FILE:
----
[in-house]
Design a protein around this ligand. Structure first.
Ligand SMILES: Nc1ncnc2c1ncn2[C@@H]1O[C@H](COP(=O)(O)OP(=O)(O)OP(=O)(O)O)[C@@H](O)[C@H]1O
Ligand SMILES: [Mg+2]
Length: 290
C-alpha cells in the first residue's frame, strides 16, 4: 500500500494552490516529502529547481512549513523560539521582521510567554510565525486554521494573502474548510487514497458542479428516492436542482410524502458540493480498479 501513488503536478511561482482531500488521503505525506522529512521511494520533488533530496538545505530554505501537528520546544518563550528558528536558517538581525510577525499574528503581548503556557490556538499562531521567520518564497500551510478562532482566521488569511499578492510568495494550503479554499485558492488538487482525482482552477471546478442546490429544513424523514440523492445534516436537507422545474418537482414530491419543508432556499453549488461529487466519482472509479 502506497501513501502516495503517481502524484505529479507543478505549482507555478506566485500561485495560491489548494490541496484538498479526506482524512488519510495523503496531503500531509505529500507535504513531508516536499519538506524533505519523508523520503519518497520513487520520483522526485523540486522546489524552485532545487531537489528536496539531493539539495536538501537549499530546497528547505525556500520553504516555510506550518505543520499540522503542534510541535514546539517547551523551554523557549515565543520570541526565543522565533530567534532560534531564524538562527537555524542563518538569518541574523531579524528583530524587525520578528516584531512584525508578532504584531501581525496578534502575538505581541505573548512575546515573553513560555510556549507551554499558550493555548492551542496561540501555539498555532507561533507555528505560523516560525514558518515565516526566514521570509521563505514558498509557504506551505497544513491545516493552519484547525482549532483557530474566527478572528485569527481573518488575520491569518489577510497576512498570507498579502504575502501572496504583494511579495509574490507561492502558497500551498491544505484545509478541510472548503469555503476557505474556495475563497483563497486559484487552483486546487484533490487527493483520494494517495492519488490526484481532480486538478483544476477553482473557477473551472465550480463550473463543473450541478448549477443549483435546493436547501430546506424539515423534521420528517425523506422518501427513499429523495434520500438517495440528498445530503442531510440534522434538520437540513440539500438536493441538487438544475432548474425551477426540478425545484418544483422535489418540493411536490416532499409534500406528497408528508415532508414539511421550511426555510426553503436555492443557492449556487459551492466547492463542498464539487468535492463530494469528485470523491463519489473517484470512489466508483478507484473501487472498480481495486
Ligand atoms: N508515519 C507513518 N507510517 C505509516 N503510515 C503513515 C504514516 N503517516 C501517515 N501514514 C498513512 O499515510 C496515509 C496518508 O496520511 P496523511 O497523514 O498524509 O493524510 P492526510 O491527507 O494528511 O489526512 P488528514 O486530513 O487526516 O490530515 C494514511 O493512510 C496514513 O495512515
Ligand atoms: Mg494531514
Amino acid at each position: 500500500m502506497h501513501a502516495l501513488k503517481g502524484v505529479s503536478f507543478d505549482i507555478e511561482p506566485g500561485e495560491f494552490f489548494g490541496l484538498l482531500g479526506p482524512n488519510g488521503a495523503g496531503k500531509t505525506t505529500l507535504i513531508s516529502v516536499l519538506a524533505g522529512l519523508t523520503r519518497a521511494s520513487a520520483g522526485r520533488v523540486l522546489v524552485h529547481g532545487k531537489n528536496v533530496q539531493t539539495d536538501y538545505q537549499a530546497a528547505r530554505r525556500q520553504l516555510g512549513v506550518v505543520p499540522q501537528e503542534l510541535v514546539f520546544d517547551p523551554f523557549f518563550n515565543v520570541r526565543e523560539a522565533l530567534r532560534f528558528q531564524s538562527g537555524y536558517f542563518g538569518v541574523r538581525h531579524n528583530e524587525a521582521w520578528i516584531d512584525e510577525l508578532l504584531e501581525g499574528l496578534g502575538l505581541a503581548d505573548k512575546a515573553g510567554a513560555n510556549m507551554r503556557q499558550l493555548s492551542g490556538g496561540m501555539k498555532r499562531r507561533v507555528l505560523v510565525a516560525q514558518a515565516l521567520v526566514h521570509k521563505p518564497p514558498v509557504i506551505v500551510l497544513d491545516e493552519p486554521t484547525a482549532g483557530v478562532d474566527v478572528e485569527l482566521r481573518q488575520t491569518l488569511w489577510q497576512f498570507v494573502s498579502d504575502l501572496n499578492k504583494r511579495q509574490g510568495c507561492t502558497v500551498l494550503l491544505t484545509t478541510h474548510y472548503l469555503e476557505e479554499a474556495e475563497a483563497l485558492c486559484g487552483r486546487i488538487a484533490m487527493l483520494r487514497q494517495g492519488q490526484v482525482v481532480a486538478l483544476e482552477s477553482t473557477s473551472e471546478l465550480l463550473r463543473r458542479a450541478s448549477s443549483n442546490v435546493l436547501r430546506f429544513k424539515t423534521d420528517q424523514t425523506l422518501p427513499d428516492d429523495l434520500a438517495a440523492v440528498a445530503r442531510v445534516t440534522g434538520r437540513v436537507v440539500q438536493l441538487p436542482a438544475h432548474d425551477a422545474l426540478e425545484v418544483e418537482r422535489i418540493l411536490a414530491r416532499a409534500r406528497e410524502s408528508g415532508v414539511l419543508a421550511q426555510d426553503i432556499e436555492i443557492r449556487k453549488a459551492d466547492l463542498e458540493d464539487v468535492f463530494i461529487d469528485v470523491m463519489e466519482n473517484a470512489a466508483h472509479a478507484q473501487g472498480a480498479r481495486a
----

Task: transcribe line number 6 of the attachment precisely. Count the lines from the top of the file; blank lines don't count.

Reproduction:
C-alpha cells in the first residue's frame, strides 16, 4: 500500500494552490516529502529547481512549513523560539521582521510567554510565525486554521494573502474548510487514497458542479428516492436542482410524502458540493480498479 501513488503536478511561482482531500488521503505525506522529512521511494520533488533530496538545505530554505501537528520546544518563550528558528536558517538581525510577525499574528503581548503556557490556538499562531521567520518564497500551510478562532482566521488569511499578492510568495494550503479554499485558492488538487482525482482552477471546478442546490429544513424523514440523492445534516436537507422545474418537482414530491419543508432556499453549488461529487466519482472509479 502506497501513501502516495503517481502524484505529479507543478505549482507555478506566485500561485495560491489548494490541496484538498479526506482524512488519510495523503496531503500531509505529500507535504513531508516536499519538506524533505519523508523520503519518497520513487520520483522526485523540486522546489524552485532545487531537489528536496539531493539539495536538501537549499530546497528547505525556500520553504516555510506550518505543520499540522503542534510541535514546539517547551523551554523557549515565543520570541526565543522565533530567534532560534531564524538562527537555524542563518538569518541574523531579524528583530524587525520578528516584531512584525508578532504584531501581525496578534502575538505581541505573548512575546515573553513560555510556549507551554499558550493555548492551542496561540501555539498555532507561533507555528505560523516560525514558518515565516526566514521570509521563505514558498509557504506551505497544513491545516493552519484547525482549532483557530474566527478572528485569527481573518488575520491569518489577510497576512498570507498579502504575502501572496504583494511579495509574490507561492502558497500551498491544505484545509478541510472548503469555503476557505474556495475563497483563497486559484487552483486546487484533490487527493483520494494517495492519488490526484481532480486538478483544476477553482473557477473551472465550480463550473463543473450541478448549477443549483435546493436547501430546506424539515423534521420528517425523506422518501427513499429523495434520500438517495440528498445530503442531510440534522434538520437540513440539500438536493441538487438544475432548474425551477426540478425545484418544483422535489418540493411536490416532499409534500406528497408528508415532508414539511421550511426555510426553503436555492443557492449556487459551492466547492463542498464539487468535492463530494469528485470523491463519489473517484470512489466508483478507484473501487472498480481495486